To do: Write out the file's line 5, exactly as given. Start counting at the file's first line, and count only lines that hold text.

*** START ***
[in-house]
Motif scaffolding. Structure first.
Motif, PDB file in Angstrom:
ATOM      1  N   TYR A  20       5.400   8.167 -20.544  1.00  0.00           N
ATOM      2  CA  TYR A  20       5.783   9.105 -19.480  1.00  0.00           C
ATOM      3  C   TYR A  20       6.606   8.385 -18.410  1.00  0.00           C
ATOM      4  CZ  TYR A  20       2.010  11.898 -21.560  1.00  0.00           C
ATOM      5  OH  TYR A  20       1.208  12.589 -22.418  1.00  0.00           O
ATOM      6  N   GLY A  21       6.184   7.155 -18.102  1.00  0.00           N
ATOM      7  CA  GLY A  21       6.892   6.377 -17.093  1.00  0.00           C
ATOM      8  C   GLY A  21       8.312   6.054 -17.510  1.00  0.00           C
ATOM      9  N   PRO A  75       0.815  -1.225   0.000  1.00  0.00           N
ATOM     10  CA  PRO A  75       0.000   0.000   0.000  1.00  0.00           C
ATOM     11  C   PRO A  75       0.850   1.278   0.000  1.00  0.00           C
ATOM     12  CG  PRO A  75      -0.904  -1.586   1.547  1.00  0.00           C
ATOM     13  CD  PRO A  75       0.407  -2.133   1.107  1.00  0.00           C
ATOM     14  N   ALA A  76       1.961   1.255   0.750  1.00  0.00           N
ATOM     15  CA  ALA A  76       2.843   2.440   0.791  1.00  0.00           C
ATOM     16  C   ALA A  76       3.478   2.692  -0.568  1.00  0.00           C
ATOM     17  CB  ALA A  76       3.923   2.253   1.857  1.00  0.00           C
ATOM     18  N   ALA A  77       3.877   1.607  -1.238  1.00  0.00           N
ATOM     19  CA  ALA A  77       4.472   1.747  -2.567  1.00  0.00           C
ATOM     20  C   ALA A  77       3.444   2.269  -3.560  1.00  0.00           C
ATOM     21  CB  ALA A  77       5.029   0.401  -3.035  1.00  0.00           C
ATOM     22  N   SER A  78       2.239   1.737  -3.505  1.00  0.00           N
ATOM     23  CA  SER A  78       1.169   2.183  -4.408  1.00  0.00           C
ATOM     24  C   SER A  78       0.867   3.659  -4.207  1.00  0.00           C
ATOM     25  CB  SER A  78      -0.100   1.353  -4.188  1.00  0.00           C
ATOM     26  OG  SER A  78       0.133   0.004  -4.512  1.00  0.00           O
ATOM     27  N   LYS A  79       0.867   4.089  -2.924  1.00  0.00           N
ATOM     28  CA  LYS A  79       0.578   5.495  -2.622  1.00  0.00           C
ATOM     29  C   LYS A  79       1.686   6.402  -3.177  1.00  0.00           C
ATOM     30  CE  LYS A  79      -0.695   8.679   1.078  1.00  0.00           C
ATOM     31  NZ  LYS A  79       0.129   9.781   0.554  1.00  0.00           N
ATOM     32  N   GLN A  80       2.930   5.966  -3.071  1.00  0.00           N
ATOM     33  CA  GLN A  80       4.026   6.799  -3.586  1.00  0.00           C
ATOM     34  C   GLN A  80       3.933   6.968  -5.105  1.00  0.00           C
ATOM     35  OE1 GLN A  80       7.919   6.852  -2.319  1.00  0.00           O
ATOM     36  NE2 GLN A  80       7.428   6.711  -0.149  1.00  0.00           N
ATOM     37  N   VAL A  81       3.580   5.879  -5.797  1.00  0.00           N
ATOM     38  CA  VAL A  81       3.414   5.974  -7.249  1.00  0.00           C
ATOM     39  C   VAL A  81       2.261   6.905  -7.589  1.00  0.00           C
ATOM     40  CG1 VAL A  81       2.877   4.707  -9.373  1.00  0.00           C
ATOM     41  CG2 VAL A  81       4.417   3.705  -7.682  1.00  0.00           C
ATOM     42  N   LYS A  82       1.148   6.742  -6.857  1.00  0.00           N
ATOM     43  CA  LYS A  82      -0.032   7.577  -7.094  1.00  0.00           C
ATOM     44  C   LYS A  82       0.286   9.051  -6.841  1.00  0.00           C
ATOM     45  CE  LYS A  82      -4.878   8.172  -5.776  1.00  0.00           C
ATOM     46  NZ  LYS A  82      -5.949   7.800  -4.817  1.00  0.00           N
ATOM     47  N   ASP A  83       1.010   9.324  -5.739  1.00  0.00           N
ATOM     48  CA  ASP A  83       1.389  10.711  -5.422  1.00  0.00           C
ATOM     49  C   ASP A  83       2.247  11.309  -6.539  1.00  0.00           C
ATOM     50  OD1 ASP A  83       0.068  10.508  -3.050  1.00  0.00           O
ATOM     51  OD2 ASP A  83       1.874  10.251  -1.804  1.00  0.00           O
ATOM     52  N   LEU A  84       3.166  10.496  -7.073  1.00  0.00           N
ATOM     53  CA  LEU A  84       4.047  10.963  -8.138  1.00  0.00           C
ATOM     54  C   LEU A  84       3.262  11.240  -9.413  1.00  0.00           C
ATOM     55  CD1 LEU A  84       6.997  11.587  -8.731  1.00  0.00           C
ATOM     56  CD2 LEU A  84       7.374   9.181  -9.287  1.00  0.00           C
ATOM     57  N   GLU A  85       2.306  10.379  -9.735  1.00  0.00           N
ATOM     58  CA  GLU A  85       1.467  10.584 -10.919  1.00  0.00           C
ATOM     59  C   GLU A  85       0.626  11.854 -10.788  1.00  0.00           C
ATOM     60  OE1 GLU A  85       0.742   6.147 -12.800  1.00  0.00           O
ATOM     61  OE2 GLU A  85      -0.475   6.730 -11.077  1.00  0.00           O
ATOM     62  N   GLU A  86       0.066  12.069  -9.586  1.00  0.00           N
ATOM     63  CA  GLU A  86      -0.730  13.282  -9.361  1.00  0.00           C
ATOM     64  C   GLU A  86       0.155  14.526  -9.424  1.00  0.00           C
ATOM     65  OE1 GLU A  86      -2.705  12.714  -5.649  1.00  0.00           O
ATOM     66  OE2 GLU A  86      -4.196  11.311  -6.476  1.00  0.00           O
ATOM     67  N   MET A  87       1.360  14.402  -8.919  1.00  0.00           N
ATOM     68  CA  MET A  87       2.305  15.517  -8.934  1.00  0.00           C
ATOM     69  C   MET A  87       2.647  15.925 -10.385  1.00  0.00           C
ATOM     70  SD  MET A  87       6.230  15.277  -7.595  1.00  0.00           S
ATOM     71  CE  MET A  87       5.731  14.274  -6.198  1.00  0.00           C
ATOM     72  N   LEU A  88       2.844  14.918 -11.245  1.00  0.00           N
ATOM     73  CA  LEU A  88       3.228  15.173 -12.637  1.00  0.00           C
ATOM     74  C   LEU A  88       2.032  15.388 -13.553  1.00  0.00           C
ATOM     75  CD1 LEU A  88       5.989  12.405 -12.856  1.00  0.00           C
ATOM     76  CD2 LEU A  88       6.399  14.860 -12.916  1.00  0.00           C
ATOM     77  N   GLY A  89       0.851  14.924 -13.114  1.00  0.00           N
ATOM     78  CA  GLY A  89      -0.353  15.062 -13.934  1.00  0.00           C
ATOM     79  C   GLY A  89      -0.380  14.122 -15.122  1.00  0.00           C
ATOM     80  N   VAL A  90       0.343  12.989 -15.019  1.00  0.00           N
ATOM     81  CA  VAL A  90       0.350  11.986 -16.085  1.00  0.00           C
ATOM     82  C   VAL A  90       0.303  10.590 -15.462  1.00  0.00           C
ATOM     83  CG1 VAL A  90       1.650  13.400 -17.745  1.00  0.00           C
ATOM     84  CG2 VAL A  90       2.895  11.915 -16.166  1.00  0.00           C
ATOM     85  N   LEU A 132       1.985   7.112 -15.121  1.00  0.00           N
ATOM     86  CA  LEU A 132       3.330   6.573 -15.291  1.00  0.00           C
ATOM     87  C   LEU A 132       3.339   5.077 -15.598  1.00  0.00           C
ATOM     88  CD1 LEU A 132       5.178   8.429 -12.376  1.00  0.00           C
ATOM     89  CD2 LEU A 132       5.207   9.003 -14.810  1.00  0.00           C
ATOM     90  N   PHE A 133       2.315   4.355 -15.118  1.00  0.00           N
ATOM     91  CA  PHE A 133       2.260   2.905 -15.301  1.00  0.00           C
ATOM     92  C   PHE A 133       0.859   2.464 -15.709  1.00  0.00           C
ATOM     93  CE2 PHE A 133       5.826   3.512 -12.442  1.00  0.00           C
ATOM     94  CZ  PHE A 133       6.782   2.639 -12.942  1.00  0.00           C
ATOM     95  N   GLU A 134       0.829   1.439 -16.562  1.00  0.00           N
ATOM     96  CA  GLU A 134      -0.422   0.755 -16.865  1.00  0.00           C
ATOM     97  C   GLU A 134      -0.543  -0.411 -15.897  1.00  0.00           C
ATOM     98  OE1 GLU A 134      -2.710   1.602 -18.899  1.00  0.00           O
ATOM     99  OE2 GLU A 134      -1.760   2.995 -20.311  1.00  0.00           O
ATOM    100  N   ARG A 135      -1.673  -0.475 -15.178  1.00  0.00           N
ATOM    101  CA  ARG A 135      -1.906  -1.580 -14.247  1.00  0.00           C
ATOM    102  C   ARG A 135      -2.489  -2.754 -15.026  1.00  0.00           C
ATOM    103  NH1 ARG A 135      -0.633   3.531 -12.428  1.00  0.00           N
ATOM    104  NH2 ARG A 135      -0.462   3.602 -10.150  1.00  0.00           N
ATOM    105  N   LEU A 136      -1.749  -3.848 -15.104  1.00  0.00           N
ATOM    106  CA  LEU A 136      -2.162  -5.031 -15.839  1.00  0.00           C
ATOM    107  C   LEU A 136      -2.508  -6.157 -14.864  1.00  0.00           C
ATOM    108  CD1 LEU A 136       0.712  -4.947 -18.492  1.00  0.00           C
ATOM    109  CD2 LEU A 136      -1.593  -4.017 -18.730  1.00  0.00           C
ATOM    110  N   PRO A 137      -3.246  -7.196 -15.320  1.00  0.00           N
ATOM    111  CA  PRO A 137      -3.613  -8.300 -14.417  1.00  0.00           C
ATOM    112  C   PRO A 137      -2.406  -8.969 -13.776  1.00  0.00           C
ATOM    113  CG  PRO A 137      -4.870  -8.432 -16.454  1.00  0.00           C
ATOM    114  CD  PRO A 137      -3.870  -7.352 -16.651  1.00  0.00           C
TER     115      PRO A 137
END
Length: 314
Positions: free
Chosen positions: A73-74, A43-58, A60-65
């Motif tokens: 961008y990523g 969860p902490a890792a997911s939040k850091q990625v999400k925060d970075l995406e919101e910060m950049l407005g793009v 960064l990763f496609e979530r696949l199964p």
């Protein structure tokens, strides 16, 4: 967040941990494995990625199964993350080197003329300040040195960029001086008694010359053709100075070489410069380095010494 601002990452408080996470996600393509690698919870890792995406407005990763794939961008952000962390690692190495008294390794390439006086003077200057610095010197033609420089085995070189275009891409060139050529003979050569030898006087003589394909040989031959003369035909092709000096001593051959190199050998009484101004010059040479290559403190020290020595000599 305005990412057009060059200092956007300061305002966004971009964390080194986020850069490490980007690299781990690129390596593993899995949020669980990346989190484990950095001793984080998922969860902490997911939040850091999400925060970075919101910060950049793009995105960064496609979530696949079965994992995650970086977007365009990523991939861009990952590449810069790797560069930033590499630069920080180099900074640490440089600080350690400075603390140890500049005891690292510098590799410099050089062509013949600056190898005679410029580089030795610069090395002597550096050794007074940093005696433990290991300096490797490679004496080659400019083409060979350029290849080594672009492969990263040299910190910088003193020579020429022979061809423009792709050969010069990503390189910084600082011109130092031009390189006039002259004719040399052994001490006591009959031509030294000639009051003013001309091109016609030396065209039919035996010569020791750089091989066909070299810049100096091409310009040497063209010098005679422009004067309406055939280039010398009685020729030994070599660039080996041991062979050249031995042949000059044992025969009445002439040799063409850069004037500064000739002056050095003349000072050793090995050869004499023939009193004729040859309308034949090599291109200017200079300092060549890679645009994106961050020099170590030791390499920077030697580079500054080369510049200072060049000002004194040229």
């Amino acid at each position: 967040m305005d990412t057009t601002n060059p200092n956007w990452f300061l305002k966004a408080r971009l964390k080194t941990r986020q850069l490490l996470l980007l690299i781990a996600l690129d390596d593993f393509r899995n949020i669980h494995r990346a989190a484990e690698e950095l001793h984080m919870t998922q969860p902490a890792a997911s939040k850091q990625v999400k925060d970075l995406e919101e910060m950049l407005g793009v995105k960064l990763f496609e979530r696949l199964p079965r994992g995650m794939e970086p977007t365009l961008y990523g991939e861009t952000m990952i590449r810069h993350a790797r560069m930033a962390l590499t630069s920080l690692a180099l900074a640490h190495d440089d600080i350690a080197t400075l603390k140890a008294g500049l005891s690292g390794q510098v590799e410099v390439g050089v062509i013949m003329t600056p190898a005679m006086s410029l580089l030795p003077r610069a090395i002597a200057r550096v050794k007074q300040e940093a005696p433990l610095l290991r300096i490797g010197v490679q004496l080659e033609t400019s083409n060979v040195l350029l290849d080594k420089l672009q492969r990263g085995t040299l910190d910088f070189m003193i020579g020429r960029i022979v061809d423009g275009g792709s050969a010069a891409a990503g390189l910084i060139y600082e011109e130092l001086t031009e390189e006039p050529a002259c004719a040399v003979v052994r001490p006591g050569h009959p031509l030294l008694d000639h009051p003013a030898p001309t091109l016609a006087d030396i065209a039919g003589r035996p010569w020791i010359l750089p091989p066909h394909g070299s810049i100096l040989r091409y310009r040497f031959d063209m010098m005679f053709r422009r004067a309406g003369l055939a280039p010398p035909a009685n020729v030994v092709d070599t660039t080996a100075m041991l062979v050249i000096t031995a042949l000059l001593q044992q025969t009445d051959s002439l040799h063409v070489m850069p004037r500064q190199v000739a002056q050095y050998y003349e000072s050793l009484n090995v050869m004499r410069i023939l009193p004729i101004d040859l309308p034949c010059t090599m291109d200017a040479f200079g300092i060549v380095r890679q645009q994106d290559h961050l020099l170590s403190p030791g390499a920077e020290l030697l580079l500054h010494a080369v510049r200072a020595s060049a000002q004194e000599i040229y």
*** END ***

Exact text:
ATOM      2  CA  TYR A  20       5.783   9.105 -19.480  1.00  0.00           C